||Oscar Zerkowitz was born on may 16 1878 in Vienna. When he emigrated to the United States he changed his name to "Oscar Ulysses Zerk" and became a world-famous inventor. One of his most prominent creations was a grease fitting known as "the zerk", a lubrication system which became the basis for those used on nearly every car, truck, plane, and other mechanized vehicle. At the time of his death in 1968, it was estimated that 20 billion of these fittings had been manufactured.|
During Oscar's long life, he patented 300 other inventions including leg-slimming hosiery, a weaving-machine, a braking system for street-cars, the first six-cylinder internal combustion engine, quick-freezing ice cube trays, spatterproof nail brushes, vibration-free camera tripods, oil well recovery systems, and refrigerators for cars. He is also credited with designing and patenting stamped metal wheels and wheel covers for automobiles (which, in the 1920s, replaced wire wheels). Additionally, he devised a type of non-skid brakes for cars.
An intelligent, precocious child, Oscar attended a private school in Germany. While still in his teens, he devised an electrically operated textile machine controlled by a then-unheard of punch card system, that could weave complex brocades and do the work of 12 people. Returning to Austria to continue his schooling, he applied to the engineering and textile college at Bruenn. When he was turned down, and subsequent pleas to the ministry of education were rebuffed, he boldly
appealed directly to the Austrian emperor, Franz Josef. Surprisingly, he was granted a private audience where the emperor was so impressed with Oscar's grasp of technology, he immediately decreed that the youth be admitted to the college.
After graduating, Oscar went abroad in 1901. He spent four years in Bradford, England, a British textile center, where he developed and improved his weaving machine. He then returned to Austria for several years, where he turned his attention to the automobile. He designed the first six-cylinder motor car and later, a forerunner of the automatic transmission. Intent on studying an American-made car, the White Steamer, he came to the United States in 1907. He arrived at Ellis Island on 9 February 1907 on the ship "America" out of Cuxhaven.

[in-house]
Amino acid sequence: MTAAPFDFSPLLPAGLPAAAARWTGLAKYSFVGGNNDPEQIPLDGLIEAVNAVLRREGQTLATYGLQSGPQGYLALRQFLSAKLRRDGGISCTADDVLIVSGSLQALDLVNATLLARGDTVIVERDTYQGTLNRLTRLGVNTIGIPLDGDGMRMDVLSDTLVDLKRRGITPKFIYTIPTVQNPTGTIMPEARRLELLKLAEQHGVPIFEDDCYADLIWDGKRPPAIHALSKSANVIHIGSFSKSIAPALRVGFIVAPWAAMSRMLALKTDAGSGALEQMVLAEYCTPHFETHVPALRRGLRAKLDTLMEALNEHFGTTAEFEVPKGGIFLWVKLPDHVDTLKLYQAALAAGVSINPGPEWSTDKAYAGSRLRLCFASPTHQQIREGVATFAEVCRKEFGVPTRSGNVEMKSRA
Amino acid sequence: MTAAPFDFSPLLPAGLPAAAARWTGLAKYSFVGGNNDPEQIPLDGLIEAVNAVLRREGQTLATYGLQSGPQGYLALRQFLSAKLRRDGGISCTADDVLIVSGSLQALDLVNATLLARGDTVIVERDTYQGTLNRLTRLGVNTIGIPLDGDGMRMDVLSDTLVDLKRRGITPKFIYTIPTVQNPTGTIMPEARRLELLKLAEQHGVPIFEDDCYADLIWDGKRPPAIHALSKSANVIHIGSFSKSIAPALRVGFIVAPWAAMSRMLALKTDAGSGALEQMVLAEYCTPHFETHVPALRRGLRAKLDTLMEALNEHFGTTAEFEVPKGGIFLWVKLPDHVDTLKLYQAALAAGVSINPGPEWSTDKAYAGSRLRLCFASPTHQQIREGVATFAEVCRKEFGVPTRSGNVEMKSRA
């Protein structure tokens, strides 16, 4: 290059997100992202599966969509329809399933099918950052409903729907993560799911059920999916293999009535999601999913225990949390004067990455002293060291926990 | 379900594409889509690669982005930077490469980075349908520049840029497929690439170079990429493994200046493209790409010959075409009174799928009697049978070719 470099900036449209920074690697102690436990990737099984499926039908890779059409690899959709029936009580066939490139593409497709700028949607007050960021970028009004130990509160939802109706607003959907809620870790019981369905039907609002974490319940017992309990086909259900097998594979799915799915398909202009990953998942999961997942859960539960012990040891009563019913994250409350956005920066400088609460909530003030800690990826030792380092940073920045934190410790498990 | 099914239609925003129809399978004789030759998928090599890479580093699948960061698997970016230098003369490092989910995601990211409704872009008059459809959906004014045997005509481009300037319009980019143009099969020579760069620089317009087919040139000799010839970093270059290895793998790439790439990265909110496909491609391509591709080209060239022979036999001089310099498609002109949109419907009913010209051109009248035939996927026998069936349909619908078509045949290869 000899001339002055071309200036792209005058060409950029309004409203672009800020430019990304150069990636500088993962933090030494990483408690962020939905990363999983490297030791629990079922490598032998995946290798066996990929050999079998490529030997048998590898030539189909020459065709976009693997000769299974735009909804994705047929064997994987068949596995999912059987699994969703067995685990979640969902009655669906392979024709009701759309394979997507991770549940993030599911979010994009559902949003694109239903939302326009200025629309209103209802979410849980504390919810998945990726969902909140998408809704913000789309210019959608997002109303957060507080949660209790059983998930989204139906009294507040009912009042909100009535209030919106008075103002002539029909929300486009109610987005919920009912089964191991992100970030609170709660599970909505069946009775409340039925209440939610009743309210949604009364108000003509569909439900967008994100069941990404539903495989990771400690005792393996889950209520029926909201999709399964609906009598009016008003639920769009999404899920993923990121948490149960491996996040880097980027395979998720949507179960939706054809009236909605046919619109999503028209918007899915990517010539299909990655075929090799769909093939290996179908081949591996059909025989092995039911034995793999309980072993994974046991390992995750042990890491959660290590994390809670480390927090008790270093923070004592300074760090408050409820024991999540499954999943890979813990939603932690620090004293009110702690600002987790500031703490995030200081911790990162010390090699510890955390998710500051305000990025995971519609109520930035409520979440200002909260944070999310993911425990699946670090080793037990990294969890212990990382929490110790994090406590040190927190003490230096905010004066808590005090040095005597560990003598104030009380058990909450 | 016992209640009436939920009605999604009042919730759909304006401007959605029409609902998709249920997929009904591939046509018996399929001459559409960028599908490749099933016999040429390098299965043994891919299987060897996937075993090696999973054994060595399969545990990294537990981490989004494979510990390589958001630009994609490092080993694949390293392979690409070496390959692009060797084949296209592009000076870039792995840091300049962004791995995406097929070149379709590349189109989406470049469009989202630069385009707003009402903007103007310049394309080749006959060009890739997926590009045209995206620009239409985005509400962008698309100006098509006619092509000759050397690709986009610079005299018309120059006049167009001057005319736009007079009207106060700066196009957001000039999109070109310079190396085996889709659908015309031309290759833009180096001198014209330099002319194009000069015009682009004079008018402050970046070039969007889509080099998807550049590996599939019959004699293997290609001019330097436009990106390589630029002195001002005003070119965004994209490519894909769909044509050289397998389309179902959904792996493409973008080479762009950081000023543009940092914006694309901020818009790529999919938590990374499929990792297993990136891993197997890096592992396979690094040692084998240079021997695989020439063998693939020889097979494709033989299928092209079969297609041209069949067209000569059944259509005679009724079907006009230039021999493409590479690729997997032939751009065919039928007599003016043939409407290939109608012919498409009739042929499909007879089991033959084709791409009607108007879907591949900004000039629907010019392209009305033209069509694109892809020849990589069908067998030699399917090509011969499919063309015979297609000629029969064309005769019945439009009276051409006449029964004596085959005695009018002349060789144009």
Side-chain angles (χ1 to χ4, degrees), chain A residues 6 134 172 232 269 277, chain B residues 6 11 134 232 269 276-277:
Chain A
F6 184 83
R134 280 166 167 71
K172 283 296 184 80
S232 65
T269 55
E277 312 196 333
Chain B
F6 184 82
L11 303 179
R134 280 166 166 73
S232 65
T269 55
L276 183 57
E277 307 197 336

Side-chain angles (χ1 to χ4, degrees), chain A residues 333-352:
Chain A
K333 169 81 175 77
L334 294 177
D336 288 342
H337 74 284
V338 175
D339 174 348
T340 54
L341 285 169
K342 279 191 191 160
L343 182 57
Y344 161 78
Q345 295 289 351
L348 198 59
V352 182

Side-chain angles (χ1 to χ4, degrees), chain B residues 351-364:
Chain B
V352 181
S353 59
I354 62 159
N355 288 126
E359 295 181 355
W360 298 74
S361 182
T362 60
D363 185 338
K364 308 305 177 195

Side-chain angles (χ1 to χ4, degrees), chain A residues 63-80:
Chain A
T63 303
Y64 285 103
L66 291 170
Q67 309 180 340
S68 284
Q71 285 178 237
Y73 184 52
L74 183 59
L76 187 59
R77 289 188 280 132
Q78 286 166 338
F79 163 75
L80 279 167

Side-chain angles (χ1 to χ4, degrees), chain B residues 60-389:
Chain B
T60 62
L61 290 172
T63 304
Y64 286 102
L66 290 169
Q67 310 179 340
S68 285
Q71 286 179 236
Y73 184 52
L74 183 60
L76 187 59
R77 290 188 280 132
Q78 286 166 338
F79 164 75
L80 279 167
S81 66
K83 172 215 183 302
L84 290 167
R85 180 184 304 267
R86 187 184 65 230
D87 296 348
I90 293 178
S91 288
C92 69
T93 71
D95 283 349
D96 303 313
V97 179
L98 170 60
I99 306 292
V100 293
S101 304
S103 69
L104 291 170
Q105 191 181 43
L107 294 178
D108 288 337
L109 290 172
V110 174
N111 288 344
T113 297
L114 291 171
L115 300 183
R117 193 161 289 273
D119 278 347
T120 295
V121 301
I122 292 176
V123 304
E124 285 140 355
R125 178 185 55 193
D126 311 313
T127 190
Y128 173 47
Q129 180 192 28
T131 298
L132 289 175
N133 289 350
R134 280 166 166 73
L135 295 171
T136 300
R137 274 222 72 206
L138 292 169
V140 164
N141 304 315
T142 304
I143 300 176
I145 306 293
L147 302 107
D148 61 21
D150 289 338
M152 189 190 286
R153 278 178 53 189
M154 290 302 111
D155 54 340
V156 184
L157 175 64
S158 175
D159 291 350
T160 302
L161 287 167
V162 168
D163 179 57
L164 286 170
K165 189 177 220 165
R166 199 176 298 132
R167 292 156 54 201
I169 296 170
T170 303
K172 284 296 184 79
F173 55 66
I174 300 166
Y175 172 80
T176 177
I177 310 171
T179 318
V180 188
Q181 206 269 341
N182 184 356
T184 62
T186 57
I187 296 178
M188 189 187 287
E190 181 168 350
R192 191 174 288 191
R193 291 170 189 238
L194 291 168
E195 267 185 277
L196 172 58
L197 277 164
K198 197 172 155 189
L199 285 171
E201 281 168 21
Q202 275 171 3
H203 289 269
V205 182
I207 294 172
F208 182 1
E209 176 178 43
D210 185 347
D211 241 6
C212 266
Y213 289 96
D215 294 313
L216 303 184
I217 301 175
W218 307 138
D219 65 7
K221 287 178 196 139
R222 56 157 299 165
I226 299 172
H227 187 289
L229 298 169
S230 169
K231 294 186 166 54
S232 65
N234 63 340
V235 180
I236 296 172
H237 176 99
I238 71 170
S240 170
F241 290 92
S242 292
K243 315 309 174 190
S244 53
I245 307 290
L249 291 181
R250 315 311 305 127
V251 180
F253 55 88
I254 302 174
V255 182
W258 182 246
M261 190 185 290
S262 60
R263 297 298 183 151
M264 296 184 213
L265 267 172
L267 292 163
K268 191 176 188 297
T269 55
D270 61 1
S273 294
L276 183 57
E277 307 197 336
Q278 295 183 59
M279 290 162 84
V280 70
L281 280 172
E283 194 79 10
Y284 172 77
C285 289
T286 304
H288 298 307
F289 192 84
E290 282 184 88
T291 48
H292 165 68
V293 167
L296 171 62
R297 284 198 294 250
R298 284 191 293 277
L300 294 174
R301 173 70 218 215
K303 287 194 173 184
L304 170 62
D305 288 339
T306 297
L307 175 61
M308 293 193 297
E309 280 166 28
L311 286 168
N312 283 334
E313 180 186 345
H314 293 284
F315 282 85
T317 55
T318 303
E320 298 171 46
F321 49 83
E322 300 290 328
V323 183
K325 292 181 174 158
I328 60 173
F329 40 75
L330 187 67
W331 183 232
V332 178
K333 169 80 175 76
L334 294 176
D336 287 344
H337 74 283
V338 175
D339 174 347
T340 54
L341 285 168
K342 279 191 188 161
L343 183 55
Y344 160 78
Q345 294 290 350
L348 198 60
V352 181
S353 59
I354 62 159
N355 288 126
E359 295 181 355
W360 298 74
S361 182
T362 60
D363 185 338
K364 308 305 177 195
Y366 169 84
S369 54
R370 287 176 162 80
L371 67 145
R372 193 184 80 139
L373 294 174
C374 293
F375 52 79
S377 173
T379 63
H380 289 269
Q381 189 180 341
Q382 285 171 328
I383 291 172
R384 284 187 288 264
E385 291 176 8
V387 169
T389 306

Following his next arrival in the U.S.A. in 1913, Oscar formed his own company in Cleveland, Ohio, to manufacture the first Zerk grease fittings. He lost control of his company already the same year. He was visiting Austria in 1914 when World War I broke out. He was called up for military service by his native land and served four years as an army captain, winning several decorations.
When the war ended, he married an Austrian woman and returned to America.
She and their young daughter joined him soon after. Oscar Zerk moved to Chicago and designed an even better lubrication system. Eventually, he sold the rights to this invention to a major automative parts maker and retained a relationship as a consulting engineer. Later, when he discovered serious management irregularities in that company, he led a much-publicized stockholders' revolt against the board of directors. When he won, "Time" magazine noted -- with admiration -- "Zerk is a man to be watched."
In 1938, tired of working in downtown Chicago, Oscar sought a more rural setting, a place where he could live comfortably, indulging in his longtime passion for flowers and gardening. Also, during his years of traveling, he had collected artworks in Europe, mineral and natural science specimens thorughout America, and curios from around the world. He wanted a suitable home to house those treasures. Eventually, in 1939, Oscar chose a three-story mansion in Kenosha, Wisconsin -- "Dunmovin" -- which had been built years earlier by Kenosha industrialist, Henry Cooper. There, at his Cooper Road estate, Oscar would live for the rest of his life.
Oscar virtually gutted the house and then remodeled it to his exacting specifications. Special care was given to exquisite decorating touches, such as quilted-satin wall coverings.
Hidden fixtures, including emerald-hued spotlights, illuminated his eclectic collection which ranged from Hans Holbein etchings to dinosaur eggs and an elephant foot cuspidor. During
World War II, he hosted formal garden parties, not only for a fascinated Kenosha society, but also for military personnel stationed at nearby bases. He also went to Washington during the war years in response to a request by the United States government to redesign his earlier gyroscopic movie tripod for use in aerial combat motion picture photography.
In a 1963 interview, marking his 85th birthday, he was quoted as saying,
"Inventors have a high responsibility to serve mankind by using their gifts." He kept right on inventing until shortly before his death at the age of 90.
Oscar's four marriages were all to women much younger than himself. He married his first wife in 1919, when he was 41 and she only 18. That marriage ended in divorce in 1934. He married his second wife about 1944, when he was 65 and she only 23. After her death in childbirth in 1945, he married a third time. His new wife was 19 while he was close to 70. That marriage was annulled in a "messy case" that went all the way to the state Supreme Court.
Finally, he was married -- this time happily -- to his fourth wife, Dorothy, 33 years his junior. He died on December 8, 1968, in Kenosha.